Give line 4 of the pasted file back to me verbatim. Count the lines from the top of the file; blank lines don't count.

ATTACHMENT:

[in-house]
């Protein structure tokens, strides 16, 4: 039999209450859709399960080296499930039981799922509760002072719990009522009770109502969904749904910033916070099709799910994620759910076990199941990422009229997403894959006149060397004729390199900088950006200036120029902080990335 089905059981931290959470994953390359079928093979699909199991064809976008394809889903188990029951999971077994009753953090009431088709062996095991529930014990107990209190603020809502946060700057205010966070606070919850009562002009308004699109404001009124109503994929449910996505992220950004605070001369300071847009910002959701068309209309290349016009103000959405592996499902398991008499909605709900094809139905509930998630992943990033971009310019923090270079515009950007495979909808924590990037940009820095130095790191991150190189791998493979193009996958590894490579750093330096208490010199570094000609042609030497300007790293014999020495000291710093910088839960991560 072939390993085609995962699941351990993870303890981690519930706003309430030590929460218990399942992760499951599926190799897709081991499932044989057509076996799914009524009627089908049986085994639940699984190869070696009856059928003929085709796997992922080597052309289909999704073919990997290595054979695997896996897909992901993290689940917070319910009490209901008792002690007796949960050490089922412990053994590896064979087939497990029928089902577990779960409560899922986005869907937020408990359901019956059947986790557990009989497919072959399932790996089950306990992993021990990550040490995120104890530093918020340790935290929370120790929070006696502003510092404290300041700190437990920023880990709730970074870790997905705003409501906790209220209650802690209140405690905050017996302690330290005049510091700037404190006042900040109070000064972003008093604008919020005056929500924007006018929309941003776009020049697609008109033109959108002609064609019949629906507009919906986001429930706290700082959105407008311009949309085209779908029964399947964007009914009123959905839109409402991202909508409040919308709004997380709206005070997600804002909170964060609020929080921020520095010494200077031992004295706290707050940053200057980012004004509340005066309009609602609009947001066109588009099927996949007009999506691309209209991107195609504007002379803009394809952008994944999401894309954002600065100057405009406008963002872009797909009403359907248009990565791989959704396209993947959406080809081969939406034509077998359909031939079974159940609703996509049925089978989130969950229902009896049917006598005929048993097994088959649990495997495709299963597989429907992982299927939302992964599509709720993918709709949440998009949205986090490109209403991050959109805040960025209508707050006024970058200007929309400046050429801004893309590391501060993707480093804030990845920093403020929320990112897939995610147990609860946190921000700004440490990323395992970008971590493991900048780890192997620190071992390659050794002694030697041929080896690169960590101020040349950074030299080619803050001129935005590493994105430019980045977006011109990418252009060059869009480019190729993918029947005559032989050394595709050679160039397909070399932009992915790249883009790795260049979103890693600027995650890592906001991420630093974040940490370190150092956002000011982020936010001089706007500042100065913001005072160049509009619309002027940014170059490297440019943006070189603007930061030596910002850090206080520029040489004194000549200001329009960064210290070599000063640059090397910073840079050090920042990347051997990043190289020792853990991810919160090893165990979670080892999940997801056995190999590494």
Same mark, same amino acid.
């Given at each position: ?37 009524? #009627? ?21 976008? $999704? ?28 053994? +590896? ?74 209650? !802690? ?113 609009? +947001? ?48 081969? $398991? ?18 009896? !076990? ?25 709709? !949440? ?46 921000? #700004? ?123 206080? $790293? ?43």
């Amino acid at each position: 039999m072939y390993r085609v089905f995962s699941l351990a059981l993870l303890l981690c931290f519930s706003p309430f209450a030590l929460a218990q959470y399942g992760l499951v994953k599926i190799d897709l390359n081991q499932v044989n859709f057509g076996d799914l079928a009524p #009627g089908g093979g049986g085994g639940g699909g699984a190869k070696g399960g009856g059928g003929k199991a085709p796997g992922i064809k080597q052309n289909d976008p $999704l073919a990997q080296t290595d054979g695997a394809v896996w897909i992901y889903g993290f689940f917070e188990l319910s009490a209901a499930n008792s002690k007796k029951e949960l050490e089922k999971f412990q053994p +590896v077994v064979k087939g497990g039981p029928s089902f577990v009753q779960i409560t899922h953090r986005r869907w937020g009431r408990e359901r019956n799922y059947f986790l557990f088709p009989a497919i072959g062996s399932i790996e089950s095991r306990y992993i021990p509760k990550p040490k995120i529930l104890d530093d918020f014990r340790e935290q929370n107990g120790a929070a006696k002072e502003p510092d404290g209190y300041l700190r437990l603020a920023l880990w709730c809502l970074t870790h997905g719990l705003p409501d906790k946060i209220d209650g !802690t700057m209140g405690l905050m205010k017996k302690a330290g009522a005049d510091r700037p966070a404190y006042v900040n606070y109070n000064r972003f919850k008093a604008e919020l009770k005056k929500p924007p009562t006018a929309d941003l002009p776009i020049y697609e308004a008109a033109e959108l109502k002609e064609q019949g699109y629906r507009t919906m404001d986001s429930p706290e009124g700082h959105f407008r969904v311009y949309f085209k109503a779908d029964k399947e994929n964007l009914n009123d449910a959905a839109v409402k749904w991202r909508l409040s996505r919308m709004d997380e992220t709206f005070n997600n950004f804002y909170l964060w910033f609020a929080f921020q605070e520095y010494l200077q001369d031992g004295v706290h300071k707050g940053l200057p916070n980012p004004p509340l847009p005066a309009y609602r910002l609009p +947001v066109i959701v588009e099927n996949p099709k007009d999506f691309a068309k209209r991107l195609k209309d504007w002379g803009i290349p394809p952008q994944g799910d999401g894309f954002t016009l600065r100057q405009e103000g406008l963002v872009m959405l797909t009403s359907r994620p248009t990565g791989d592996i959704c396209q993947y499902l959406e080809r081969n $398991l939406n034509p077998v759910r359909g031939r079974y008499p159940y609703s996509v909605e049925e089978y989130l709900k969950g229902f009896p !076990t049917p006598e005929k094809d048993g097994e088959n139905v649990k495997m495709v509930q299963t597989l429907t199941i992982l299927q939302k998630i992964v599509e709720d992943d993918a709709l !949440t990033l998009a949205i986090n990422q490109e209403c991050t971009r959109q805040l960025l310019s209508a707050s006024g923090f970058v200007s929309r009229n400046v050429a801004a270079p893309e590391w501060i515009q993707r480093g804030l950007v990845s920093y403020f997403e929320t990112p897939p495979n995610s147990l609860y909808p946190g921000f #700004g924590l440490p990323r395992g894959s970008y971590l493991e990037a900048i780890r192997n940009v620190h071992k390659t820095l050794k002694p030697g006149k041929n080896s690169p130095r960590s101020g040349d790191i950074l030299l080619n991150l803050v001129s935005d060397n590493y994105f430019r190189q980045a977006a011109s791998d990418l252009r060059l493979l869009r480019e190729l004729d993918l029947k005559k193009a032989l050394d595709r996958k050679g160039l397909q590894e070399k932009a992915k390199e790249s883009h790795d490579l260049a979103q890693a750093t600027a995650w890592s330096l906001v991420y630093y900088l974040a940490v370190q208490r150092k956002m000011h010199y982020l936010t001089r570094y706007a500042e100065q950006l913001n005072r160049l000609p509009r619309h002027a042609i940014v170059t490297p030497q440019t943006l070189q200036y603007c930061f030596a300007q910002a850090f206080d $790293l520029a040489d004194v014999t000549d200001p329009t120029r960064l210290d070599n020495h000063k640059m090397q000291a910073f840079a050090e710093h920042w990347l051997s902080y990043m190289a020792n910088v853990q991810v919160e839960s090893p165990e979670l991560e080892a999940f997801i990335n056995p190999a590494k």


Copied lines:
């Given at each position: ?37 009524? #009627? ?21 976008? $999704? ?28 053994? +590896? ?74 209650? !802690? ?113 609009? +947001? ?48 081969? $398991? ?18 009896? !076990? ?25 709709? !949440? ?46 921000? #700004? ?123 206080? $790293? ?43």